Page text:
Yes. I feel the same way about him and rookie WR Amon-Ra St. Brown largely because they’re available so Jared Goff will find them when they’re open. Also, Raymond is proving that he’s a reliable target. The Lions have been riddled with injuries, with wideouts Quintez Cephus (collarbone) and Tyrell Williams (concussion) both out, and Raymond has capitalized — notably the last game against the Los Angeles Rams where he recorded 100-plus receiving yards for the second time in his career. — Eric Woodyard
The only curious thing is that the Packers didn’t use Dillon in the goal-to-go situation at the end when the Cardinals stacked the line of scrimmage. That would’ve seemingly been the perfect spot for a power runner. Dillon now leads the NFL in average yards after contact since the start of the last season (2.47 YAC per rush). His role has expanded enough to consider him an almost equal partner to Jones. — Rob Demovsky
Three games over 75 receiving yards and three under 30 for K.J. Osborn: Which version is closer to what we should expect the rest of the season?
Osborn is a WR3, therefore it’s reasonable to expect the fluctuation between the production he put up at Arizona (5 catches, 91 yards, TD) and Carolina (6 catches, 78 yards, TD) and the times where he disappears in games to be routine. Justin Jefferson and Adam Thielen are the Vikings’ top receivers and will see most of Kirk Cousins’ targets. However, the way Osborn played against the Panthers with a critical catch on third down, along with earning Cousins’ trust to haul in the game-winning TD, indicates the quarterback is more than comfortable leaning on his third receiving threat, which might sometimes be his best option. — Courtney Cronin
Nope. Davis is still heavily involved in the offense, having played 60% of snaps each week. There is still a role there and will be games where he’s the lead back and effective. Is he going to be the complete featured back some anticipated before the season? No, but that was also likely hopeful fallacy anyway considering Davis’ career prior to Atlanta. But he’s still worth having on your roster, especially as you get through bye weeks. Heck, I’d go one step further and say he could have a bigger game Sunday considering the Panthers allow 110.3 rushing yards per game and Davis is facing his former team. — Michael Rothstein
The offense seems to be trending down: Can DJ Moore continue to produce strong numbers?
It will help when the Panthers get Christian McCaffrey back, probably in a week. Teams won’t be able to double up on Moore as much. It also will help if Sam Darnold can slow his footwork and get back the rhythm he had the first three games. That has kept Moore more than anything from being as productive lately. — David Newton
Career-low in the yards-per-carry department for Alvin Kamara: Do you think we see a spike in efficiency at any point to complement the spike in volume on the ground?
Now that he has his old running mate back in Mark Ingram II, maybe we’ll see a return to fewer carries and more yards per carry (and even more involvement in the passing game). I think part of the reason why his YPC are down this year is because he has basically taken every carry for this team — even in short-yardage and unfavorable running situations. But he still looks as good as ever physically, and he’s more important to the team than ever. So I expect him to continue delivering fantasy production in one form or another. — Mike Triplett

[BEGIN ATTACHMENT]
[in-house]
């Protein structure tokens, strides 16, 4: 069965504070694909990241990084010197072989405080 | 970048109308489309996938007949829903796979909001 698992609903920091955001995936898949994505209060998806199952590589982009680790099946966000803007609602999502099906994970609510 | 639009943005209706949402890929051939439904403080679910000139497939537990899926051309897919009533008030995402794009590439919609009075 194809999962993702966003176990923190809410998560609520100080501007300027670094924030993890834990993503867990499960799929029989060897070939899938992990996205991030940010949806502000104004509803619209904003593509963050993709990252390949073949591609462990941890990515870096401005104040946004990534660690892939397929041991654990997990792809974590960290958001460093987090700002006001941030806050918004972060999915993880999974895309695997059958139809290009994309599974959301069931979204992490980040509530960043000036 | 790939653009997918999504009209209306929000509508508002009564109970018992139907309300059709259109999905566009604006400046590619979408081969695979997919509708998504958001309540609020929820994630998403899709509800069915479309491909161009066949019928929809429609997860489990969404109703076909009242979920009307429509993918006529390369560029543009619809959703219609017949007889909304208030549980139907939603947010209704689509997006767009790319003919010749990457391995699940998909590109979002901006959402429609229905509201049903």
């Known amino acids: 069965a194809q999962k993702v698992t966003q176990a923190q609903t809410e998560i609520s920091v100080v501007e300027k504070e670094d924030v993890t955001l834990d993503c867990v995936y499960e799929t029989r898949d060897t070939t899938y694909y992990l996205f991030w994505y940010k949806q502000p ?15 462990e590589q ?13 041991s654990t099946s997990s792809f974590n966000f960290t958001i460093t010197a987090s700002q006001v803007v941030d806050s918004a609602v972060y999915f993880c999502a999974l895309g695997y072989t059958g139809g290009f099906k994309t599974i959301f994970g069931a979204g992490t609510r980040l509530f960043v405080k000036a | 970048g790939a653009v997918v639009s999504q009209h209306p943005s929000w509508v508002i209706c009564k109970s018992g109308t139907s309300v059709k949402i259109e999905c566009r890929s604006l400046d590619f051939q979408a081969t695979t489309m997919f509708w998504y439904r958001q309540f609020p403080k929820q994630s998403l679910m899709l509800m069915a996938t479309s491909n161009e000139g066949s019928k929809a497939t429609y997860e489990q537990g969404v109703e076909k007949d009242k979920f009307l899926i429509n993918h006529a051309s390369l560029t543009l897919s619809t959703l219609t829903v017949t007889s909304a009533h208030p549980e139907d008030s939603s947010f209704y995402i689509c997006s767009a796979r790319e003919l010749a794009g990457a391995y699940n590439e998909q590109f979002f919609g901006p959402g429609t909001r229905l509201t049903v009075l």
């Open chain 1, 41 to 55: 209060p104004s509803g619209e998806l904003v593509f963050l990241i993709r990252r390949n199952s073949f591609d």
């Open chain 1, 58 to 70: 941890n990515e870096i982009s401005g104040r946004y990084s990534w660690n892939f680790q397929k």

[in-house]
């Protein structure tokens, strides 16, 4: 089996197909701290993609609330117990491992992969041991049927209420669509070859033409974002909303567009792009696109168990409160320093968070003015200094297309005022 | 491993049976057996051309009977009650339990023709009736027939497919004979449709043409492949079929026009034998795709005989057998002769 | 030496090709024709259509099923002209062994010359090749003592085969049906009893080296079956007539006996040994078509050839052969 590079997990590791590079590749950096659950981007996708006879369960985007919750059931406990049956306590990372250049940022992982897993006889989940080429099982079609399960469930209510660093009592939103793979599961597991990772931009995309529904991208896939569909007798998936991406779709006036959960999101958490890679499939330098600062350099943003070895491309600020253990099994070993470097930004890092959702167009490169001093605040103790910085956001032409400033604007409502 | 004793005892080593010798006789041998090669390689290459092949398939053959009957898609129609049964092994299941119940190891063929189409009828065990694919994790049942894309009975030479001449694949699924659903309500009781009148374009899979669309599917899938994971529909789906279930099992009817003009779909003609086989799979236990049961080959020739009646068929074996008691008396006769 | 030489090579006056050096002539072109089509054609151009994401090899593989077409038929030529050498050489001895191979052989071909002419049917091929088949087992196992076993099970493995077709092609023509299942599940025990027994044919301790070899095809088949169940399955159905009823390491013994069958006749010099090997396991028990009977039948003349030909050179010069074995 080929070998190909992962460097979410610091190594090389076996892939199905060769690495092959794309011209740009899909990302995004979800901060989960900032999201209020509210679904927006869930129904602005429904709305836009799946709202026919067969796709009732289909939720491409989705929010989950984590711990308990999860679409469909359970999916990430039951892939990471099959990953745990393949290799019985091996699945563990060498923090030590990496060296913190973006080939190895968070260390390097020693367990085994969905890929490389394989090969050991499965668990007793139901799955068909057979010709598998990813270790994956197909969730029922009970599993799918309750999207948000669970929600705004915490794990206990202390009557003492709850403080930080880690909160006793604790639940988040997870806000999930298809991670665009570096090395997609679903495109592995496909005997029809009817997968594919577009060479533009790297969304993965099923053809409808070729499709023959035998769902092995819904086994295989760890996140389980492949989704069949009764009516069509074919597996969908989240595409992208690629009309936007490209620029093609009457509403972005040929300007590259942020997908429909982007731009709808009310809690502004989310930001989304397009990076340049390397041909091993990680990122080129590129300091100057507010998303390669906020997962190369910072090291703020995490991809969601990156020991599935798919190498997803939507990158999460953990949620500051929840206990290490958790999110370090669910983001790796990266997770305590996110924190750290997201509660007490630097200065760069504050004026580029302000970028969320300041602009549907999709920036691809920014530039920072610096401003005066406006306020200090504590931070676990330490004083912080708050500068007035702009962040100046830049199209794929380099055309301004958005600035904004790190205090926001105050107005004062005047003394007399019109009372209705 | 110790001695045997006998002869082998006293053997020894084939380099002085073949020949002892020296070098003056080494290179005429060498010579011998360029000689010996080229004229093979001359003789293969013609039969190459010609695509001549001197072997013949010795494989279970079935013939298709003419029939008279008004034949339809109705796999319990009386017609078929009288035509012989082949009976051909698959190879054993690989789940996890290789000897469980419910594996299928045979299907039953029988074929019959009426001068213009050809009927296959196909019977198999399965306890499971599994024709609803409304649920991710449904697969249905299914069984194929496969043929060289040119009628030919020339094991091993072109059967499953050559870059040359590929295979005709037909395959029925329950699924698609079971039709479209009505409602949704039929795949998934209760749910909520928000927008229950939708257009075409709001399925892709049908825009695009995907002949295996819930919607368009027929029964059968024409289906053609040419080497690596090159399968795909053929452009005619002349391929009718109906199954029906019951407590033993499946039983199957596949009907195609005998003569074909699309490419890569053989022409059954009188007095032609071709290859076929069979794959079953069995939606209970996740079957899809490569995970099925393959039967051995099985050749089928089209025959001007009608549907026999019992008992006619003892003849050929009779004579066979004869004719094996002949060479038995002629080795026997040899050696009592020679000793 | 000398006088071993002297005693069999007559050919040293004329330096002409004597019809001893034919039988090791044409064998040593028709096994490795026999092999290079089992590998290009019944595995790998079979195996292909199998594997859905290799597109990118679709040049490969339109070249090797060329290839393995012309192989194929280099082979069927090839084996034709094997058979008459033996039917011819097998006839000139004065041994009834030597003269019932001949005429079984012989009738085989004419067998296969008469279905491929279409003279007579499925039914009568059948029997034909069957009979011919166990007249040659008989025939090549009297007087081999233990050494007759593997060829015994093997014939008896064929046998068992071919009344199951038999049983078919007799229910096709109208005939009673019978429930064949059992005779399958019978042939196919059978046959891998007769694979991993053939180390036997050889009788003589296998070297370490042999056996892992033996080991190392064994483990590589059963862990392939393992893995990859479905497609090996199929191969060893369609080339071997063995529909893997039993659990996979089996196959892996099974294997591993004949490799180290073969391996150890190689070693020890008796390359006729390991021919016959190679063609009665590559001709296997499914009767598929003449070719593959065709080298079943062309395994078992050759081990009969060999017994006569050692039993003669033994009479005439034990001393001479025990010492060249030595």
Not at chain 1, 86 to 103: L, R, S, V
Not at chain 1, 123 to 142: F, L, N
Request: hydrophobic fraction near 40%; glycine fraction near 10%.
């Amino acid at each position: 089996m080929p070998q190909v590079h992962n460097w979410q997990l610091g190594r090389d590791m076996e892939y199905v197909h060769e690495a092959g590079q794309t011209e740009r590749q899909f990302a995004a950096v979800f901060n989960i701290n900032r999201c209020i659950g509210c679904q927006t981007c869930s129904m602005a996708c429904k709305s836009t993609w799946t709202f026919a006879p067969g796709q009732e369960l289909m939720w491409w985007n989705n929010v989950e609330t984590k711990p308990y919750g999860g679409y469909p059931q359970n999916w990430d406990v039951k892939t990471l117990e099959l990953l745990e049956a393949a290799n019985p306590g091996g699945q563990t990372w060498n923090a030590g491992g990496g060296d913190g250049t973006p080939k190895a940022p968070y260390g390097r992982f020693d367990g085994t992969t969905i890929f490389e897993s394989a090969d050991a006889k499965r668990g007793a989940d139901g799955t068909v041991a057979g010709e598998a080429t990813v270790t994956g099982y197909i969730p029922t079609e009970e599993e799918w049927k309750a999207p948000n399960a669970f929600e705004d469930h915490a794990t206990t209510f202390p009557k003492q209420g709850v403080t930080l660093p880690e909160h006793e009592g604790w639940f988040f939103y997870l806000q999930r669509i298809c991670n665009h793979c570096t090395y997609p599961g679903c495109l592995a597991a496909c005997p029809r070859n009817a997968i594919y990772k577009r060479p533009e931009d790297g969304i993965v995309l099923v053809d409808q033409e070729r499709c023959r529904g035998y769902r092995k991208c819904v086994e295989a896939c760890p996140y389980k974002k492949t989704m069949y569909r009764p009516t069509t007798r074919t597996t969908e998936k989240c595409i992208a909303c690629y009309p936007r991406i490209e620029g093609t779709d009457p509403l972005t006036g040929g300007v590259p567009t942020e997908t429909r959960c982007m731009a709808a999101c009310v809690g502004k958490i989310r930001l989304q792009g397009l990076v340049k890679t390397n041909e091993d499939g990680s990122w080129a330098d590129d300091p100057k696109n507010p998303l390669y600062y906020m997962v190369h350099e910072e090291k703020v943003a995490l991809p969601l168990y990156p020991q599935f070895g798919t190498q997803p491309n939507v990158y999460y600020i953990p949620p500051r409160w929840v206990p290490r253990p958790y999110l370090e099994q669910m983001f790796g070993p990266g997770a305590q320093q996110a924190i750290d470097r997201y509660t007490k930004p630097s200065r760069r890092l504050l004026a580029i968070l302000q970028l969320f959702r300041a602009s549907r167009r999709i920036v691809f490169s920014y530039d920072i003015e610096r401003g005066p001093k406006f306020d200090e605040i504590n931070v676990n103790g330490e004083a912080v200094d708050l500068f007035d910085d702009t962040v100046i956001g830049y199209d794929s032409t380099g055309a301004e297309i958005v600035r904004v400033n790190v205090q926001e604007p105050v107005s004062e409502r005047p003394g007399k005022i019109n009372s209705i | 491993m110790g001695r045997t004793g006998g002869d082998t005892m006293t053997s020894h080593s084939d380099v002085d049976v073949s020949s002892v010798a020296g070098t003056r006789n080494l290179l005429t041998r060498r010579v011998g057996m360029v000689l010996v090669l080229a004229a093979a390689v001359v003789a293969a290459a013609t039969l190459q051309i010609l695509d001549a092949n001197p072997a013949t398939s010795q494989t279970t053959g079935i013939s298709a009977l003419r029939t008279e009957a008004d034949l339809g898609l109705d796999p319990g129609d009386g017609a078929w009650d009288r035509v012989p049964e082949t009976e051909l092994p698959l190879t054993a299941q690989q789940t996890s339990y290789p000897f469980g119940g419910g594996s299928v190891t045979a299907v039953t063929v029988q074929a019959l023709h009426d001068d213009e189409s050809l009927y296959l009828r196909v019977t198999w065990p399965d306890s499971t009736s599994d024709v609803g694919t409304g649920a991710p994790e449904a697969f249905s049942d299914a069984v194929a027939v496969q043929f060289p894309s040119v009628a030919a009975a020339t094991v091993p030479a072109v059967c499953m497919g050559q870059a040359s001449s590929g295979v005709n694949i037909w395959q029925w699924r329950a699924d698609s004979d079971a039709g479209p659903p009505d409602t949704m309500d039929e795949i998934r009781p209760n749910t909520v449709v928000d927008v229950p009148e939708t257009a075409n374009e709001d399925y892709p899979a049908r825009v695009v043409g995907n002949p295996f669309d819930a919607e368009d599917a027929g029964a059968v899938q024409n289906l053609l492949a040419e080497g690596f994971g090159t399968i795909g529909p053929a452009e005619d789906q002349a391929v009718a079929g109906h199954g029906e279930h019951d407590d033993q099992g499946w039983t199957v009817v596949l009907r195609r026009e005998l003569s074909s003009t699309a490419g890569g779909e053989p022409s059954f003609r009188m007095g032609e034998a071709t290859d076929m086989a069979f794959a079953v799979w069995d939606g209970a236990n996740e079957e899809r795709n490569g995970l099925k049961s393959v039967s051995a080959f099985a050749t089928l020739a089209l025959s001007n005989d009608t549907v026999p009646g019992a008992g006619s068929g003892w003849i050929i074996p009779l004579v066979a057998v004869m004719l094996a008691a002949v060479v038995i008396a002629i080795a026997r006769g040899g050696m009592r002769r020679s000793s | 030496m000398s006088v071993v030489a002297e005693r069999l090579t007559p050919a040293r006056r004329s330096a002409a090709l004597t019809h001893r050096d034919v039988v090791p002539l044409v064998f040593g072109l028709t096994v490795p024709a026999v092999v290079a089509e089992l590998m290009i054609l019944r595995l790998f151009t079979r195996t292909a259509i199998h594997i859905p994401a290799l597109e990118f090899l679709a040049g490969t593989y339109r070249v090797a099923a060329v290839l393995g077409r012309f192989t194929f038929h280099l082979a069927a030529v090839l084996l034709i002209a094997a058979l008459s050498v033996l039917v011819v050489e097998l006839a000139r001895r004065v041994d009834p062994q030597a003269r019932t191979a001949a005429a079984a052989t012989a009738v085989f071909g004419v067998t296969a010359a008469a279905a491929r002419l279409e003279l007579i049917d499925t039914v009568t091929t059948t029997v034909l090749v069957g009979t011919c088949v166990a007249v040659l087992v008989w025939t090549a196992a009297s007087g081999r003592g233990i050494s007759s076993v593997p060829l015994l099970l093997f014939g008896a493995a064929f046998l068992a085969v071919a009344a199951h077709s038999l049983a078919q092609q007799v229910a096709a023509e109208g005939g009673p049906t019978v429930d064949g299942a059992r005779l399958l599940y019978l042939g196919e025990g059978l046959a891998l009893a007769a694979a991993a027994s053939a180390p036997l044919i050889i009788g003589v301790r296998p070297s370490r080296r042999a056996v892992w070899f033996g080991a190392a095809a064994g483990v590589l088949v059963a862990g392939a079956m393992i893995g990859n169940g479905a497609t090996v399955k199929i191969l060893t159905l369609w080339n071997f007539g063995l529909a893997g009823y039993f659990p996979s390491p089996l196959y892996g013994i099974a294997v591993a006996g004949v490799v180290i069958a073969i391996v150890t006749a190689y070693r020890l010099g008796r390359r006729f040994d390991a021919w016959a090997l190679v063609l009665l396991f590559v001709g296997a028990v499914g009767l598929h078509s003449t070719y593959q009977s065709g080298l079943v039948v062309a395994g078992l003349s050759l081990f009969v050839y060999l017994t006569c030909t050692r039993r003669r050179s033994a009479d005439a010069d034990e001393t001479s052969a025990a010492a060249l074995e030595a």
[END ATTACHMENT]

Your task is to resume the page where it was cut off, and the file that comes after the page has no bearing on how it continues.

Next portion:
Mike Clay breaks down the fantasy impact of Mark Ingram’s return to the Saints in a trade with the Texans.
No wrong answer: Rank the receivers the rest of the way.
It depends on which week and how teams are looking to attack the Bucs. But given that Antonio Brown is dealing with a foot/ankle injury, has missed practice time and won’t play Sunday against the Saints, it’s Mike Evans, Chris Godwin and Brown, with Tyler Johnson as the fourth receiver. But if a team like the New Orleans Saints shadows Evans with Marshon Lattimore the way the Philadelphia Eagles did with Darius Slay, that’s when you can really look to Godwin or one of the tight ends. — Jenna Laine
What do you make of Kyler Murray‘s recent underwhelming rushing numbers? Blip on the radar or play design to keep him healthy?
It’s a combination of play design and his own decision-making with the goal of both keeping him healthy as well as not having the need for him to run. Arizona’s run game is as good as it has ever been and Murray has made it known he wants the Cardinals to look at his legs as a luxury not as a necessity, so he’ll cut back on running wherever possible and be more of a drop-back passer. But when he needs to, like late in the game Thursday night, he’ll use his legs to make plays. — Josh Weinfuss
No. Jefferson is coming off a great performance in a win over the Lions, which included four catches for 43 yards and a touchdown, but Robert Woods is a proven playmaker – especially in high-stakes situations. It has been a bit of a roller coaster for Woods this season when it comes how often (or not) he’s targeted, but don’t expect the second-year Jefferson to be looked to more often. — Lindsey Thiry
75% of the RB touches for Elijah Mitchell last week: Is he locked into a workload that allows us to realistically expect 100 total yards on a regular basis?
It would be naive to assume that anything is “locked in” when it comes to running backs and a team coached by a Shanahan. But with that important caveat out of the way, it’s safe to say that Mitchell has clearly been the team’s best running back when healthy. And now that his right shoulder injury seems to be behind him, Mitchell looks poised to continue to grow in the offense and continue as the back who at least gets the first opportunity to get rolling every game. — Nick Wagoner
Any reason for optimism that there is a single piece in this offense we can trust until Russell Wilson returns?
Nope. It’s hard to trust any of their pass-catchers with Geno Smith at quarterback and offensive game plans that lean more on their running game. And it’s hard to trust any of their running backs with how much they’ve been spreading the work around. Alex Collins figures to be the primary option again and should have an easier time finding yards against a Jaguars run defense than isn’t as good as that of the Saints. But Rashaad Penny and Travis Homer might cut into his workload too much to make Collins a surefire play. — Brady Henderson